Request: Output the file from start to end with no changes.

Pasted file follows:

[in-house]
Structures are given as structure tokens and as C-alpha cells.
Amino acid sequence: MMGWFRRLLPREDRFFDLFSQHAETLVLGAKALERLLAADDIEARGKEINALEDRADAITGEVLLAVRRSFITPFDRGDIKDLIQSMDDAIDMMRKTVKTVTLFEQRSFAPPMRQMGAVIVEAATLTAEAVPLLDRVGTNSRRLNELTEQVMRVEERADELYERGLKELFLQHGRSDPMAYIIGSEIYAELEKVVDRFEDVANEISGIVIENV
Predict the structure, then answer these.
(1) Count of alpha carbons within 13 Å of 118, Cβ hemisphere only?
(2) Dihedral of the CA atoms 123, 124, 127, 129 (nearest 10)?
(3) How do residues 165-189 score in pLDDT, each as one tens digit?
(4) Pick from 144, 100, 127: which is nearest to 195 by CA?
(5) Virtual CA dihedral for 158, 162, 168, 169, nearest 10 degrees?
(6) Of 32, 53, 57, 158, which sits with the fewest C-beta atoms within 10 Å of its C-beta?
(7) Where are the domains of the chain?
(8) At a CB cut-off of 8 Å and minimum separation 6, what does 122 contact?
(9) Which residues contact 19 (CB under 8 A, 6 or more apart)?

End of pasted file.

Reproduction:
[in-house]
Structures are given as structure tokens and as C-alpha cells.
Amino acid sequence: MMGWFRRLLPREDRFFDLFSQHAETLVLGAKALERLLAADDIEARGKEINALEDRADAITGEVLLAVRRSFITPFDRGDIKDLIQSMDDAIDMMRKTVKTVTLFEQRSFAPPMRQMGAVIVEAATLTAEAVPLLDRVGTNSRRLNELTEQVMRVEERADELYERGLKELFLQHGRSDPMAYIIGSEIYAELEKVVDRFEDVANEISGIVIENV
Predict the structure, then answer these.
(1) Count of alpha carbons within 13 Å of 118, Cβ hemisphere only?
(2) Dihedral of the CA atoms 123, 124, 127, 129 (nearest 10)?
(3) How do residues 165-189 score in pLDDT, each as one tens digit?
(4) Pick from 144, 100, 127: which is nearest to 195 by CA?
(5) Virtual CA dihedral for 158, 162, 168, 169, nearest 10 degrees?
(6) Of 32, 53, 57, 158, which sits with the fewest C-beta atoms within 10 Å of its C-beta?
(7) Where are the domains of the chain?
(8) At a CB cut-off of 8 Å and minimum separation 6, what does 122 contact?
(9) Which residues contact 19 (CB under 8 A, 6 or more apart)?